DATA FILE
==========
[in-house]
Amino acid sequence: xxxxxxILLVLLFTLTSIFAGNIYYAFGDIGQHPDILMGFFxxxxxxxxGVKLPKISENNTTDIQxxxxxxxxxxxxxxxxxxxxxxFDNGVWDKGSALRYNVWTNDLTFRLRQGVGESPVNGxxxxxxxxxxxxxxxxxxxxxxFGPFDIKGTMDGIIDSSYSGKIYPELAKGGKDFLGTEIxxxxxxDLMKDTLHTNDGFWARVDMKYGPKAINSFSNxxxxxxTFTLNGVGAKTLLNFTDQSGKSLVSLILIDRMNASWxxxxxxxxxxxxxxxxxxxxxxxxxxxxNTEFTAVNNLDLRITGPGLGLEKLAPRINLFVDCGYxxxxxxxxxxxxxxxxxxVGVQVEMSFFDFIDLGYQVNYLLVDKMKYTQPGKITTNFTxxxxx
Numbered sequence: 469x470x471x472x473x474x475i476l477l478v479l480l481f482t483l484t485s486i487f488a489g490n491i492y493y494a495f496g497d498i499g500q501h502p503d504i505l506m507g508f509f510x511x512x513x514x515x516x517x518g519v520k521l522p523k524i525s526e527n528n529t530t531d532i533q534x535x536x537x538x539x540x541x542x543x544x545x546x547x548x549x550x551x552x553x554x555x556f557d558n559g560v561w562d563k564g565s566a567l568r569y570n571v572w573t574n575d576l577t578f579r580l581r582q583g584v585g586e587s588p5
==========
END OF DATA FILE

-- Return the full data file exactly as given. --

[in-house]
Amino acid sequence: xxxxxxILLVLLFTLTSIFAGNIYYAFGDIGQHPDILMGFFxxxxxxxxGVKLPKISENNTTDIQxxxxxxxxxxxxxxxxxxxxxxFDNGVWDKGSALRYNVWTNDLTFRLRQGVGESPVNGxxxxxxxxxxxxxxxxxxxxxxFGPFDIKGTMDGIIDSSYSGKIYPELAKGGKDFLGTEIxxxxxxDLMKDTLHTNDGFWARVDMKYGPKAINSFSNxxxxxxTFTLNGVGAKTLLNFTDQSGKSLVSLILIDRMNASWxxxxxxxxxxxxxxxxxxxxxxxxxxxxNTEFTAVNNLDLRITGPGLGLEKLAPRINLFVDCGYxxxxxxxxxxxxxxxxxxVGVQVEMSFFDFIDLGYQVNYLLVDKMKYTQPGKITTNFTxxxxx
Numbered sequence: 469x470x471x472x473x474x475i476l477l478v479l480l481f482t483l484t485s486i487f488a489g490n491i492y493y494a495f496g497d498i499g500q501h502p503d504i505l506m507g508f509f510x511x512x513x514x515x516x517x518g519v520k521l522p523k524i525s526e527n528n529t530t531d532i533q534x535x536x537x538x539x540x541x542x543x544x545x546x547x548x549x550x551x552x553x554x555x556f557d558n559g560v561w562d563k564g565s566a567l568r569y570n571v572w573t574n575d576l577t578f579r580l581r582q583g584v585g586e587s588p5